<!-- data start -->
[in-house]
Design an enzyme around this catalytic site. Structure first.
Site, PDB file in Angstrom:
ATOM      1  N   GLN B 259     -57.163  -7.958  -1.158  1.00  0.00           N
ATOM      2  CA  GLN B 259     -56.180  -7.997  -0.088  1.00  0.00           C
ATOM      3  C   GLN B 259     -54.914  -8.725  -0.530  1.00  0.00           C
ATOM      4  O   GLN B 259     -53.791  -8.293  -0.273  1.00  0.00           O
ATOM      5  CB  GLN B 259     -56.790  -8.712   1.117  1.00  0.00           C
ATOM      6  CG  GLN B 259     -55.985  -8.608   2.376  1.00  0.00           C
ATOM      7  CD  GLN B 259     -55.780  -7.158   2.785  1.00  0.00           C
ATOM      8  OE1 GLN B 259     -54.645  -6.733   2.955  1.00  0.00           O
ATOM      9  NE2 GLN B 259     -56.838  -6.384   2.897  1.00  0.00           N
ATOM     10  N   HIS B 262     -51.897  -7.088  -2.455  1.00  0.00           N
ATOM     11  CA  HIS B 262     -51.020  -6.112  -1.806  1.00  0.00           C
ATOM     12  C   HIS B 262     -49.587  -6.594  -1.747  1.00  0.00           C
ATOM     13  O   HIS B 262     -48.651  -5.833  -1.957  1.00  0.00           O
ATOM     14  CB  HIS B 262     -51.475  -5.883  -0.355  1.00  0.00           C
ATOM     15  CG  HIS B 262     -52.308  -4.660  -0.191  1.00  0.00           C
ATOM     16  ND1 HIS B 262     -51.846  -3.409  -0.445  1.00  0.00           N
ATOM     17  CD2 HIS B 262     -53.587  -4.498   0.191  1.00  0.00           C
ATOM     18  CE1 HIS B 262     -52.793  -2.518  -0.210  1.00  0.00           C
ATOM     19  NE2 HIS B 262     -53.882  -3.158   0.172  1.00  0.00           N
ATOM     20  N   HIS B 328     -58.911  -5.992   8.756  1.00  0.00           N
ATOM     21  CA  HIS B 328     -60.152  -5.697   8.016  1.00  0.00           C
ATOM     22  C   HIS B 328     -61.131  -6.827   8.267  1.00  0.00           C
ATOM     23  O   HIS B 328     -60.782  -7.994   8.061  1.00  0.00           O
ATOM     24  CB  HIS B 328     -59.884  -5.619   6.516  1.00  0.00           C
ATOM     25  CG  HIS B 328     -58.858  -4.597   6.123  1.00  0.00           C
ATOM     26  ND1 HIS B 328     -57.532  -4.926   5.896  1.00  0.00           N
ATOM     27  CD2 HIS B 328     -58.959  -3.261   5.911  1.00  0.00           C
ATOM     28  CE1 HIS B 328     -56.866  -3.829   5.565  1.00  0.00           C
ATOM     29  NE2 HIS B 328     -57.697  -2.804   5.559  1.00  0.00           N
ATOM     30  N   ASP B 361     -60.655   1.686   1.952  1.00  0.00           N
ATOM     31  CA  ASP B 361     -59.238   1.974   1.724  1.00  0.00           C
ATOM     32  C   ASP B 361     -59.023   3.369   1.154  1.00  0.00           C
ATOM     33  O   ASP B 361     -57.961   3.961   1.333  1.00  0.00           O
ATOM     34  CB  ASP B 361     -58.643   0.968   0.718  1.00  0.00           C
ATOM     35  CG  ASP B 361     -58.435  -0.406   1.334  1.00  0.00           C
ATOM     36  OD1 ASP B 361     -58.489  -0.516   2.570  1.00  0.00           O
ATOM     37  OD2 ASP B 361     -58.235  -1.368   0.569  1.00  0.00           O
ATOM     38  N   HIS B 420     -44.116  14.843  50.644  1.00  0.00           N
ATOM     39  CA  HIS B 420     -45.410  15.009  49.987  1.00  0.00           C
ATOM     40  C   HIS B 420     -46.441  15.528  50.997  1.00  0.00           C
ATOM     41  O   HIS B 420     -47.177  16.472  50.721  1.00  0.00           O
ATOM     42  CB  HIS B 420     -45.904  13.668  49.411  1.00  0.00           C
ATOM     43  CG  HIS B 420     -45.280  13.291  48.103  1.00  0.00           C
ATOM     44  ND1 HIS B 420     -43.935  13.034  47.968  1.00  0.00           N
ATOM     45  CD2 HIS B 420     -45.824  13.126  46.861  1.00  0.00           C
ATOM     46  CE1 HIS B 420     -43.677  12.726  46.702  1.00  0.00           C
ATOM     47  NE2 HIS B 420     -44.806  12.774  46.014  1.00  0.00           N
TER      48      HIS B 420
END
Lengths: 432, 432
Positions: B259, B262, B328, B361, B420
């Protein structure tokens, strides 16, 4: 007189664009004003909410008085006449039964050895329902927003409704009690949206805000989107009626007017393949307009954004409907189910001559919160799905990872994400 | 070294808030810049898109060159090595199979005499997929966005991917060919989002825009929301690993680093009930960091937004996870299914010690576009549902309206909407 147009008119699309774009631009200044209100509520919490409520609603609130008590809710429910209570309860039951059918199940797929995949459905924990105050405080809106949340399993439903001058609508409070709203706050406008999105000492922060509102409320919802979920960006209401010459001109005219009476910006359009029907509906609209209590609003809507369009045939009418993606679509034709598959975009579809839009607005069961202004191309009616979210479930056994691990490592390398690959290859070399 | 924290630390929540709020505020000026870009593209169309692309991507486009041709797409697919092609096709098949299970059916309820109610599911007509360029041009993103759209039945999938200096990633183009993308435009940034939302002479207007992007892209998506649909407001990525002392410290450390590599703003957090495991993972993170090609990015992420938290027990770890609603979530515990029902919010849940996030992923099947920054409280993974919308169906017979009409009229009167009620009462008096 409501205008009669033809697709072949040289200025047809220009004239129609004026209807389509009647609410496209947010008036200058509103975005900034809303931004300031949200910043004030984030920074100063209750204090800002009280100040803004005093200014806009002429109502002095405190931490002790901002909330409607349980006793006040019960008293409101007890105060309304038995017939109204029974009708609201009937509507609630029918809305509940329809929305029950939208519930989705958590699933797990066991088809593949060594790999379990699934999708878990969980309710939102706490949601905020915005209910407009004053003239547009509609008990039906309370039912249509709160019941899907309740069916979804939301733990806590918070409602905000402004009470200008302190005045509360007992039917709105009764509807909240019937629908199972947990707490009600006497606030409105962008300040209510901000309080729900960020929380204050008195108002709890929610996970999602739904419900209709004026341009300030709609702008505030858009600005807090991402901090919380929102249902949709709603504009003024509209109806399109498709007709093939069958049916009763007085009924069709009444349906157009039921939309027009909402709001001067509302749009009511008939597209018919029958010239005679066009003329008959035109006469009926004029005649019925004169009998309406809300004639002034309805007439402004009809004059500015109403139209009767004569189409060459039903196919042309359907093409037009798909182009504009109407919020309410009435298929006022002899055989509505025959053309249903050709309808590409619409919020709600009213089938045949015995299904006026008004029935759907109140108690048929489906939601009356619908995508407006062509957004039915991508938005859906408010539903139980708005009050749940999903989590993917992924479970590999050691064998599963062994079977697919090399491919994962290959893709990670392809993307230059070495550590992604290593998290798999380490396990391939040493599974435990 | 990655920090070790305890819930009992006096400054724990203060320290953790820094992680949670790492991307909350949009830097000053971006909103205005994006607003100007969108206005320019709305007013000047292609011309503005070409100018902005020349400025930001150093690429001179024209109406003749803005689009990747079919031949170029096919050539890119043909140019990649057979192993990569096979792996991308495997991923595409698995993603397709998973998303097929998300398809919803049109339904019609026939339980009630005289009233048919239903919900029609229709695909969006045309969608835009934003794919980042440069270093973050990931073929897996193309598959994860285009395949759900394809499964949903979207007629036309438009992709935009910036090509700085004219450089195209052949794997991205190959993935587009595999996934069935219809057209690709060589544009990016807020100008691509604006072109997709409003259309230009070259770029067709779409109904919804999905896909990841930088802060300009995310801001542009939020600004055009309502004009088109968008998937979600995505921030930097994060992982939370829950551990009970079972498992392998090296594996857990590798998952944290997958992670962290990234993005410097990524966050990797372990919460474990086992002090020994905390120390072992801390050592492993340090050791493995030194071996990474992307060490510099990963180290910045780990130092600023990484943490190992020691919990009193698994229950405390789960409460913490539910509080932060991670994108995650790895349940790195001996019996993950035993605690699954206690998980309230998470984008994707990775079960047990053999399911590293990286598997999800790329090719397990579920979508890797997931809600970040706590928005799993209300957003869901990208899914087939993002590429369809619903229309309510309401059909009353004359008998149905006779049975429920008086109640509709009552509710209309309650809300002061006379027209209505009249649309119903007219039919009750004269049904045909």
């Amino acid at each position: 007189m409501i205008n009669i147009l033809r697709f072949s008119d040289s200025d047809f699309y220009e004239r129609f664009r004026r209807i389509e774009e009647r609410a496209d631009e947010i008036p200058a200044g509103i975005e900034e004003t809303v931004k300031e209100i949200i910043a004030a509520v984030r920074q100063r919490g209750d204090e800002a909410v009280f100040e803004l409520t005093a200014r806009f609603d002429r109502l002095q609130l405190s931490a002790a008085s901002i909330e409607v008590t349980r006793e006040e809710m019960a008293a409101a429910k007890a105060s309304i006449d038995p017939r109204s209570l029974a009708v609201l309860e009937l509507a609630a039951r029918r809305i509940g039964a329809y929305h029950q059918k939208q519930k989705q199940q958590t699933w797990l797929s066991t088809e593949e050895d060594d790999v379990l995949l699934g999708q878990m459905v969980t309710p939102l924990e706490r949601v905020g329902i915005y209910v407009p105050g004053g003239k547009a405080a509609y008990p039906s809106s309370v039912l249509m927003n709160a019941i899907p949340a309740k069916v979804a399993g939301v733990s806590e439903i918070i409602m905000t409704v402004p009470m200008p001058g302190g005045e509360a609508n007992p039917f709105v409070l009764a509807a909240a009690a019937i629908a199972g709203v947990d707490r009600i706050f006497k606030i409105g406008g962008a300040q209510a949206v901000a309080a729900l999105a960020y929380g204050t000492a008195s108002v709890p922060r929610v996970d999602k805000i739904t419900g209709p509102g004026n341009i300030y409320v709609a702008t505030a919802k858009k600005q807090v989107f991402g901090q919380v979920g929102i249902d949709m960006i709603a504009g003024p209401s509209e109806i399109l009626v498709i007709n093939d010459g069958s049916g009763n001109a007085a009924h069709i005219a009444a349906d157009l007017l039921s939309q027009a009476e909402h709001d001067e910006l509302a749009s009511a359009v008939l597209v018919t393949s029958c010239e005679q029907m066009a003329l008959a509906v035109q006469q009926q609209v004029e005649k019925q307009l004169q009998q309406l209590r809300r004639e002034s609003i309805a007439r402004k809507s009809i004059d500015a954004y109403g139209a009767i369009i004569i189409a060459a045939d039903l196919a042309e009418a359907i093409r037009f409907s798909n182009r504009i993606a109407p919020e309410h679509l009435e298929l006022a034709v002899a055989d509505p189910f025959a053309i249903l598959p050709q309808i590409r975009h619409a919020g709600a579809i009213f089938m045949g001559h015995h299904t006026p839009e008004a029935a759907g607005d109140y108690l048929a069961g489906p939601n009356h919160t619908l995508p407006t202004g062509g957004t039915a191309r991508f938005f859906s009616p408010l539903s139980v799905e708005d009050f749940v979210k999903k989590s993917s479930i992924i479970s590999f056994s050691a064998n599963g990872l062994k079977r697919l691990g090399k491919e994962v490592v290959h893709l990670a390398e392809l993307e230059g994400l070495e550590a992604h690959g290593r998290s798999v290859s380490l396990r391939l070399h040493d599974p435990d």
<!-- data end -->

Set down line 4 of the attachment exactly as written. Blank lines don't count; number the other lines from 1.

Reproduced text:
ATOM      1  N   GLN B 259     -57.163  -7.958  -1.158  1.00  0.00           N